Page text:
Analysis |

Israel’s COVID Recovery Won't Offset Pandemic Losses

The forecast of 5% GDP growth in 2021 doesn't tell the full story, with the per capita figure significantly lower

Dafna Maor
Dafna Maor
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Jerusalem in 2021
Jerusalem in 2021 Credit: Emil Salman
Dafna Maor
Dafna Maor

Israel is proud of the pace of economic growth expected this year, which the International Monetary Fund estimates in its half-yearly forecast issued on Tuesday will reach 5%. That follows a 2.4% drop in 2020, a more modest decline than other developed economies suffered.

But the worldwide growth rate is forecast to be a higher 6% and that of the United States 6.4%. But even these numbers don’t tell the entire story because increases in gross domestic product don’t take into account population growth. Israel’s population grew quickly last year while several other large developed countries, the U.S. among them, experienced a sharp drop in population growth. Japan and South Korea even saw their populations shrink.

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So, when you measure economic growth in real terms and take into account the local currency, the IMF forecast looks very different. Israel’s GDP per capita at the end of 2021 will be 1.1% lower than it was two years earlier, on the eve of the coronavirus crisis. Growth in the year of recovery won’t be enough to offset the losses from the pandemic.

Israel, nevertheless, fares reasonably well among 37 peer countries, ranking 13th over the period of the coronavirus and the recovery. Among them, only nine countries will have larger per capita GDPs at the end of this year than they did at the end of 2019. They are countries that succeeded in overcoming the coronavirus well, such as Taiwan, Australia and South Korea. However, even countries that were hit hard by the pandemic, such as the U.S. and Ireland, will also show a net increase over the two years.

New Zealand’s performance is forecast to be weaker than Israel’s, with a net drop of 18% over the two years, but the reason for this is that the country’s big tourism industry closed up for business almost entirely.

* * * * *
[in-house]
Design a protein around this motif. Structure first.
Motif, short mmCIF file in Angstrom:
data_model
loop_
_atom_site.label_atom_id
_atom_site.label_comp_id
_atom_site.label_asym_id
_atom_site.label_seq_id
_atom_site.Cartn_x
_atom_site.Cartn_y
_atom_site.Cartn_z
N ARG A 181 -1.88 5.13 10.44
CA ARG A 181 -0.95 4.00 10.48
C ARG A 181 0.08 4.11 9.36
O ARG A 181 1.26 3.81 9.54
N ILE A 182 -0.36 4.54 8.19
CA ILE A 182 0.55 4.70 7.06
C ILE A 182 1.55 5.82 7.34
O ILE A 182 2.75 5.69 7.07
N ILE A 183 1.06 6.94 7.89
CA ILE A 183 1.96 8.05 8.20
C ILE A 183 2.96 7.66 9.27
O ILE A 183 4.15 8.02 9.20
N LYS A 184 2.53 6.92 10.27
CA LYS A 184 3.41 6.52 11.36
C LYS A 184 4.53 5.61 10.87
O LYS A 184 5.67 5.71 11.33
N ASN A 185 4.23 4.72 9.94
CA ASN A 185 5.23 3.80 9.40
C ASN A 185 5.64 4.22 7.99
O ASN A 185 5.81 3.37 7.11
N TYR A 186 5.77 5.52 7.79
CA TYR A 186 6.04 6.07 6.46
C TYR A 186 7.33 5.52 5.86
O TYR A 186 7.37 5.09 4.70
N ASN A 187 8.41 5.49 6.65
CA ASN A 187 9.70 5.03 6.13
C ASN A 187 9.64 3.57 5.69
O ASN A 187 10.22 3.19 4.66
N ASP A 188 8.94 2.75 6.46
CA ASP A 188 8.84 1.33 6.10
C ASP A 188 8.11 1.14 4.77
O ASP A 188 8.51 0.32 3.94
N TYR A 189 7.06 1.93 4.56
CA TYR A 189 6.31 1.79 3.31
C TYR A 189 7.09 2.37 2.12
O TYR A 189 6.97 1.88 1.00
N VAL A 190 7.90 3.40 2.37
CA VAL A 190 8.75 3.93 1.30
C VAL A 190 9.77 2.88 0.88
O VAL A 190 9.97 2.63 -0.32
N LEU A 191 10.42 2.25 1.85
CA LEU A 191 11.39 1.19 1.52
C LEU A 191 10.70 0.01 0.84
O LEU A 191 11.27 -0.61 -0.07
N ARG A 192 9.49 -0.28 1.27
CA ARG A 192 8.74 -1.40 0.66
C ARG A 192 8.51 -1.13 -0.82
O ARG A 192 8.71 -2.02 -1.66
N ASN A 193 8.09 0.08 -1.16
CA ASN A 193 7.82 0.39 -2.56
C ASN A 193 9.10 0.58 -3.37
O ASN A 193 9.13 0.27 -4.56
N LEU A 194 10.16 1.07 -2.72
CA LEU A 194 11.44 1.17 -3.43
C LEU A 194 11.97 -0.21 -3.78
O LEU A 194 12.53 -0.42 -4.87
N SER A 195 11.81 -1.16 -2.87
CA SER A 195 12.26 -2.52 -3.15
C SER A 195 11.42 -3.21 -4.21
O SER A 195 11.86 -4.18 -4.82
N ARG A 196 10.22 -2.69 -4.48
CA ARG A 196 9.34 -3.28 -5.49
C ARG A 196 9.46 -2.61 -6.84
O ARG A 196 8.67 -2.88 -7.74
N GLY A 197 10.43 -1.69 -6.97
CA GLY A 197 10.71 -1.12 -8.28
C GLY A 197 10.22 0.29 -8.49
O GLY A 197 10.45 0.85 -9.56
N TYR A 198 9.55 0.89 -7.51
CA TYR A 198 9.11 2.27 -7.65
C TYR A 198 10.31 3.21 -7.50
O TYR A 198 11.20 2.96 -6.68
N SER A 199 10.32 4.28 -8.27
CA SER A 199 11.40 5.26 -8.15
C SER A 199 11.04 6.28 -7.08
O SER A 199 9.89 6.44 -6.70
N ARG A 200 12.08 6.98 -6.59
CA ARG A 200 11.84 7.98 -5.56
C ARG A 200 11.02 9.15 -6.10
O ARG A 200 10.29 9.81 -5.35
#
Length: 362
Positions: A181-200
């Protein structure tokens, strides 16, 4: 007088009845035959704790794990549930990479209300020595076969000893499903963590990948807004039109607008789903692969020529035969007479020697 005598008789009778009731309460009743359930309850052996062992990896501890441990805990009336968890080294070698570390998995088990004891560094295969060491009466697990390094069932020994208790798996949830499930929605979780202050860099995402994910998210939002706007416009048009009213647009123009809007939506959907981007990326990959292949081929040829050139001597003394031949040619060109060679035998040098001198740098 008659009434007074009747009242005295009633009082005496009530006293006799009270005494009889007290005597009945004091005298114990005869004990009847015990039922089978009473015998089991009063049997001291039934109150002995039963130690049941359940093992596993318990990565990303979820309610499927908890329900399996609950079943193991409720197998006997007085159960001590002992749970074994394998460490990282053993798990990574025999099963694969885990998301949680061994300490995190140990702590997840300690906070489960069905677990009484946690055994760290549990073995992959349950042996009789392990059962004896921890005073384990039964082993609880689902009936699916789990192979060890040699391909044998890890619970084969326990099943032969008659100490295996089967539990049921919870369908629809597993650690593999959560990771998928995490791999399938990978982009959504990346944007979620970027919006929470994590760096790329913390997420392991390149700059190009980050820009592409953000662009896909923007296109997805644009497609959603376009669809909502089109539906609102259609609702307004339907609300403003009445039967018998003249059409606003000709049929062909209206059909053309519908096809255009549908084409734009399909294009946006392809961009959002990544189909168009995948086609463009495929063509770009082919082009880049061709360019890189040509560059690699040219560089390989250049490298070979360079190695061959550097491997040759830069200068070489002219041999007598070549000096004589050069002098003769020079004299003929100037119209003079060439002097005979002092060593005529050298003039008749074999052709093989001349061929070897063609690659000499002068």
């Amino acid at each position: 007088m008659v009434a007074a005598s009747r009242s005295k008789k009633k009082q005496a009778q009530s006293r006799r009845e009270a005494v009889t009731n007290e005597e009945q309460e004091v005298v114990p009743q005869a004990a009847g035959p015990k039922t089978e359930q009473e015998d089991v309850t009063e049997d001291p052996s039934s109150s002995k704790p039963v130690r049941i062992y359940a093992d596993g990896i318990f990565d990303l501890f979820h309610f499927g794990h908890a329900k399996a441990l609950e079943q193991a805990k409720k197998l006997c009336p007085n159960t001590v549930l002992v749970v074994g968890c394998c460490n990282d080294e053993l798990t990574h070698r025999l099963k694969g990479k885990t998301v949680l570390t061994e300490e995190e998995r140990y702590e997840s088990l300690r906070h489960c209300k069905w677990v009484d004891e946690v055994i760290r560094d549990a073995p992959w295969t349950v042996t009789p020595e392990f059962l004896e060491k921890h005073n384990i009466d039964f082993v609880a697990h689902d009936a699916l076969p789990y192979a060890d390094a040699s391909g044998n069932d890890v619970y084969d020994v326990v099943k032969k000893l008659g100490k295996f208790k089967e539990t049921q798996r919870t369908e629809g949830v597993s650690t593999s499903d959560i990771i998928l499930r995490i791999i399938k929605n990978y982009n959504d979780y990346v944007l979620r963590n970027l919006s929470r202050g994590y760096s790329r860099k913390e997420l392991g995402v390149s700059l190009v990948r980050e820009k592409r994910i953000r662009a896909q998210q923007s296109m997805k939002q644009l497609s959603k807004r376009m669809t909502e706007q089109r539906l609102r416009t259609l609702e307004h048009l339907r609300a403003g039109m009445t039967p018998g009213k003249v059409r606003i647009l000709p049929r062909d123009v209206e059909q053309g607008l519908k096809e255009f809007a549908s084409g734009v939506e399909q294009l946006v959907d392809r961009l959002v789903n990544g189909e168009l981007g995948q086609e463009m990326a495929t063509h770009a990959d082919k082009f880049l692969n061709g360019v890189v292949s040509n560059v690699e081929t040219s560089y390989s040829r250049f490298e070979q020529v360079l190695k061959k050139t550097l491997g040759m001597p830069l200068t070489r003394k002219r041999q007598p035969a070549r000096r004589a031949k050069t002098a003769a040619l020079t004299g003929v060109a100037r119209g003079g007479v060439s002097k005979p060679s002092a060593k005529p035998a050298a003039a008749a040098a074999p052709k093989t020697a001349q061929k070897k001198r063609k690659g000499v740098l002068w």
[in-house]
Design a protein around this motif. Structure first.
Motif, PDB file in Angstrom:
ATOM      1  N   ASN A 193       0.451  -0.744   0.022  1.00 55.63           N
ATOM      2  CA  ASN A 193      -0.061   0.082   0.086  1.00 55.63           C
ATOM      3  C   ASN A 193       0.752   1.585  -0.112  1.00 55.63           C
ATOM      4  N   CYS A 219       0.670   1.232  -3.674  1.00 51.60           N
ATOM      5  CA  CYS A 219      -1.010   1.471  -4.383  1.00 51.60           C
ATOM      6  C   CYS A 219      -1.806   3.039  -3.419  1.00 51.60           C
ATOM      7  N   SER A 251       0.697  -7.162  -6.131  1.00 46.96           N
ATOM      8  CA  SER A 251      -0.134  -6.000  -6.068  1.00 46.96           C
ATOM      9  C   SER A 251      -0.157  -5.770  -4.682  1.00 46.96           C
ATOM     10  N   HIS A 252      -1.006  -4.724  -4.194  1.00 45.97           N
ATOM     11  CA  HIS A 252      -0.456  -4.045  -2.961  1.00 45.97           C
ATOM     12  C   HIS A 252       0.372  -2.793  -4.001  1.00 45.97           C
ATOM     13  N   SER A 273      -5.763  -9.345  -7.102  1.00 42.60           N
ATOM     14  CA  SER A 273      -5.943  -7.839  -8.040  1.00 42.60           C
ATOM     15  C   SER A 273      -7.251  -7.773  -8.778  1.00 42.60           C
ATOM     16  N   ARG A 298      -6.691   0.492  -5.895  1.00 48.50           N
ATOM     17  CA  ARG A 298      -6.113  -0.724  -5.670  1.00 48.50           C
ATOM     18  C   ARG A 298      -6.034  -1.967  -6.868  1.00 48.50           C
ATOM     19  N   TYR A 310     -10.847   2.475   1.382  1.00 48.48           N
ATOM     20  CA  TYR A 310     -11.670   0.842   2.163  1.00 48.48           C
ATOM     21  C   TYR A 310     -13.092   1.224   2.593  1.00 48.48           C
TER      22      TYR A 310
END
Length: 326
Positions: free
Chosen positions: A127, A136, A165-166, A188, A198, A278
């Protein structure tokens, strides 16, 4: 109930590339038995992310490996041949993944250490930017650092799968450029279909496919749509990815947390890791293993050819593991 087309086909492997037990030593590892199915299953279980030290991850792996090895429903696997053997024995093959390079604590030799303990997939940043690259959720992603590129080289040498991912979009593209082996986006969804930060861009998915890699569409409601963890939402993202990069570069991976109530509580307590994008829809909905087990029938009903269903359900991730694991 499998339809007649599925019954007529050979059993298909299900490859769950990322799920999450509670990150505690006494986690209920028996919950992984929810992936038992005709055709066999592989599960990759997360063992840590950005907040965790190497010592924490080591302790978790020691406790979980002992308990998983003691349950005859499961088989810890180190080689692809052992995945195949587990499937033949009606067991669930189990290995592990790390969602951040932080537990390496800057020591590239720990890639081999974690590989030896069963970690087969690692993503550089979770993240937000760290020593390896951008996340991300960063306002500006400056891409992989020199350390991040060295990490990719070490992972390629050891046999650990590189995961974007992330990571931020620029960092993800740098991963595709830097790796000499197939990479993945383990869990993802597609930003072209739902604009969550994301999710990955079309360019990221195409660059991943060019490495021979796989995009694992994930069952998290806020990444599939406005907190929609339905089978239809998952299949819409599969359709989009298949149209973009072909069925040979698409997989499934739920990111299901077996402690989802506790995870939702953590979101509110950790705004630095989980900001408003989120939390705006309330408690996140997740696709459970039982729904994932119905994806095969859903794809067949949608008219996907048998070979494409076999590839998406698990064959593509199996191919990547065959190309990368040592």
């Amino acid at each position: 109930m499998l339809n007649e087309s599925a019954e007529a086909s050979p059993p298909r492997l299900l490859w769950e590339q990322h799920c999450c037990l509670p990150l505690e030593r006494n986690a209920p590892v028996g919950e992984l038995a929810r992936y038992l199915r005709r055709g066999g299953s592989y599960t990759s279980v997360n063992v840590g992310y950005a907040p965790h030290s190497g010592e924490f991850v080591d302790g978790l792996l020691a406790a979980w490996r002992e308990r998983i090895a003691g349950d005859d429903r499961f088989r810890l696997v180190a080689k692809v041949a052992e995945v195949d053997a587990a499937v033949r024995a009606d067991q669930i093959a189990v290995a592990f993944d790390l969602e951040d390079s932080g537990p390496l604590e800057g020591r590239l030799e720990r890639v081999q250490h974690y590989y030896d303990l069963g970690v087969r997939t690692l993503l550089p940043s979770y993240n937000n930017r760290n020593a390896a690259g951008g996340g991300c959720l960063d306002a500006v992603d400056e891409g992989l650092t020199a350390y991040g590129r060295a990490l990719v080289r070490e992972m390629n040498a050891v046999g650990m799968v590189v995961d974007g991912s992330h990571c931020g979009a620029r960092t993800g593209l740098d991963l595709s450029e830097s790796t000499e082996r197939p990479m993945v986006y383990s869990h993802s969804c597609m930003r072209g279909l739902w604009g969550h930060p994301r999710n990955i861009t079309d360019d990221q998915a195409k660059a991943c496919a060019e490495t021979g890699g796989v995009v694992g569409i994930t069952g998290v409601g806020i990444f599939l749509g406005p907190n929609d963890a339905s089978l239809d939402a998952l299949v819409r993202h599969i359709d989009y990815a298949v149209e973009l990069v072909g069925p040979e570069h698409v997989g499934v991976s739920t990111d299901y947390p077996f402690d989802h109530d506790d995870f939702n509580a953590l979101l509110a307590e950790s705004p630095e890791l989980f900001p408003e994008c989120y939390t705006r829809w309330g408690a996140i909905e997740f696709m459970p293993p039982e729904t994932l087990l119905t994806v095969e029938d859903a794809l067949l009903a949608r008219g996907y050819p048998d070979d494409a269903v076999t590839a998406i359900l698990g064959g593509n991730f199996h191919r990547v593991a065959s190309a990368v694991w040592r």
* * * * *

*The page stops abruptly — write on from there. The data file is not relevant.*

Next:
Per capita GDP, which divides total GDP by population, isn’t a perfect tool for measuring the standard of living. Even so, it’s more precise than aggregate GDP for understanding the direction of the economy. Population growth automatically increases output, but if output grows more slowly than population, the economy has effectively performed more poorly.

In 2020, Israel was ranked 15th among 37 developed countries in GDP per capita, with a drop of 4.1%. In 2021, it will grow by 3.1%, ranking it 30th among the 37.

Switzerland will lead developed-country growth rates of 2020-2021, with 7.9%, according to the IMF. Behind it are Ireland, South Korea, Lithuania, Norway, the U.S., Australia, Latvia and Estonia. All of them will end the two years with higher per capita GDP than they started at.

Behind them are countries like Finland, Japan, Slovakia and Israel, which will end the period with a lower GDP per capita. At the bottom of the list are Spain and Italy, with per capita GDPs forecast to contract 5%. It’s interesting to note that Sweden is set to perform more poorly than neighboring Denmark, Finland and Norway, despite the government’s decision to keep the economy relatively open through the worst days of the pandemic. Sweden will end the two years down 2.5%.

The IMF’s forecast is more optimistic than previous ones due to the success most countries have had in getting their populations vaccinated. Nevertheless, Standard & Poor’s, the credit-ratings company, warned last month in a report that the recovery faces risks, some of which apply to Israel. It cited record-high levels of borrowing, including high-risk debt assumed by the corporate sector. Defaults could reach 5% to 6% a year.

Another risk, S&P says, is that the global post-COVID recovery will be uneven. Countries, those in the European Union in particular, haven’t succeeded in getting enough people inoculated. If there is something positive to point to, S&P noted that the number of credit-rating upgrades in recent weeks was higher than the number of downgrades. That’s the first time since December 2018 that the ratio was favorable. From S&P’s viewpoint, that marks a critical turning point.

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